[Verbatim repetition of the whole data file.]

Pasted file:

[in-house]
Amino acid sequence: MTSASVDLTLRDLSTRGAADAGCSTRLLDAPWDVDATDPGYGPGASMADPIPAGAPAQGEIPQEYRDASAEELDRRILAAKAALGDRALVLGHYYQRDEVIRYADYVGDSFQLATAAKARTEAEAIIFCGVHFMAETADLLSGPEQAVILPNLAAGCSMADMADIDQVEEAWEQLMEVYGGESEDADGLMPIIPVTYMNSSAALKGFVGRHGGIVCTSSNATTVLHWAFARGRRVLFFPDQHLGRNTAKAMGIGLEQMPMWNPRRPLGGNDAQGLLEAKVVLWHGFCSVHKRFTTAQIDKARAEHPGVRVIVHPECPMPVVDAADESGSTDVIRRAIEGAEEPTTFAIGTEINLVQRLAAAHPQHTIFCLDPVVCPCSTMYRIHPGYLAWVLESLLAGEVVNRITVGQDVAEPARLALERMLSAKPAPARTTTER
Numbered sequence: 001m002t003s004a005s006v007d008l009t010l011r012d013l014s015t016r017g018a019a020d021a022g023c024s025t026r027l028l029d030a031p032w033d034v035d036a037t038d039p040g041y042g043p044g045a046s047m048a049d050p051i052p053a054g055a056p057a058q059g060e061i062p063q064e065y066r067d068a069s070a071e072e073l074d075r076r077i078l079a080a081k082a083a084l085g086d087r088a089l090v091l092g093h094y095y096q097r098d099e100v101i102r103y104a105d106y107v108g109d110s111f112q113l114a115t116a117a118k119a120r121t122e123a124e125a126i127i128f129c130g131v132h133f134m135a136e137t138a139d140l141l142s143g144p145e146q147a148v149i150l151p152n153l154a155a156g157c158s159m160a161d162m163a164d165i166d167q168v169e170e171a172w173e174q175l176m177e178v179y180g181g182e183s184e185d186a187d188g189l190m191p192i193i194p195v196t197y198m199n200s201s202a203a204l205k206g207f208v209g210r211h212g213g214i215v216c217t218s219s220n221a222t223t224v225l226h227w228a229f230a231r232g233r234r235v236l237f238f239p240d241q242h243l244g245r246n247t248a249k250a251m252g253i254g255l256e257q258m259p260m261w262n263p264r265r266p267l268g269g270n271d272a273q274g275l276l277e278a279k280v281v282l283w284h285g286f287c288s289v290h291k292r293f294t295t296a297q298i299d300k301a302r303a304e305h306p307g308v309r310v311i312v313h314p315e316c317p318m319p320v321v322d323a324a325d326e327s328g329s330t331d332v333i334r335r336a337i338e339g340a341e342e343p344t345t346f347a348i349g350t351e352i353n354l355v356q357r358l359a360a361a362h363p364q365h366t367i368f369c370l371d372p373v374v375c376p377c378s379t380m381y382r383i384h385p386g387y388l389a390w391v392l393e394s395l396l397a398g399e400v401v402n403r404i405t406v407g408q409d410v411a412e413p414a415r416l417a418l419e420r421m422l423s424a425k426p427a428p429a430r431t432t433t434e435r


[in-house]
Amino acid sequence: MTSASVDLTLRDLSTRGAADAGCSTRLLDAPWDVDATDPGYGPGASMADPIPAGAPAQGEIPQEYRDASAEELDRRILAAKAALGDRALVLGHYYQRDEVIRYADYVGDSFQLATAAKARTEAEAIIFCGVHFMAETADLLSGPEQAVILPNLAAGCSMADMADIDQVEEAWEQLMEVYGGESEDADGLMPIIPVTYMNSSAALKGFVGRHGGIVCTSSNATTVLHWAFARGRRVLFFPDQHLGRNTAKAMGIGLEQMPMWNPRRPLGGNDAQGLLEAKVVLWHGFCSVHKRFTTAQIDKARAEHPGVRVIVHPECPMPVVDAADESGSTDVIRRAIEGAEEPTTFAIGTEINLVQRLAAAHPQHTIFCLDPVVCPCSTMYRIHPGYLAWVLESLLAGEVVNRITVGQDVAEPARLALERMLSAKPAPARTTTER
Numbered sequence: 001m002t003s004a005s006v007d008l009t010l011r012d013l014s015t016r017g018a019a020d021a022g023c024s025t026r027l028l029d030a031p032w033d034v035d036a037t038d039p040g041y042g043p044g045a046s047m048a049d050p051i052p053a054g055a056p057a058q059g060e061i062p063q064e065y066r067d068a069s070a071e072e073l074d075r076r077i078l079a080a081k082a083a084l085g086d087r088a089l090v091l092g093h094y095y096q097r098d099e100v101i102r103y104a105d106y107v108g109d110s111f112q113l114a115t116a117a118k119a120r121t122e123a124e125a126i127i128f129c130g131v132h133f134m135a136e137t138a139d140l141l142s143g144p145e146q147a148v149i150l151p152n153l154a155a156g157c158s159m160a161d162m163a164d165i166d167q168v169e170e171a172w173e174q175l176m177e178v179y180g181g182e183s184e185d186a187d188g189l190m191p192i193i194p195v196t197y198m199n200s201s202a203a204l205k206g207f208v209g210r211h212g213g214i215v216c217t218s219s220n221a222t223t224v225l226h227w228a229f230a231r232g233r234r235v236l237f238f239p240d241q242h243l244g245r246n247t248a249k250a251m252g253i254g255l256e257q258m259p260m261w262n263p264r265r266p267l268g269g270n271d272a273q274g275l276l277e278a279k280v281v282l283w284h285g286f287c288s289v290h291k292r293f294t295t296a297q298i299d300k301a302r303a304e305h306p307g308v309r310v311i312v313h314p315e316c317p318m319p320v321v322d323a324a325d326e327s328g329s330t331d332v333i334r335r336a337i338e339g340a341e342e343p344t345t346f347a348i349g350t351e352i353n354l355v356q357r358l359a360a361a362h363p364q365h366t367i368f369c370l371d372p373v374v375c376p377c378s379t380m381y382r383i384h385p386g387y388l389a390w391v392l393e394s395l396l397a398g399e400v401v402n403r404i405t406v407g408q409d410v411a412e413p414a415r416l417a418l419e420r421m422l423s424a425k426p427a428p429a430r431t432t433t434e435r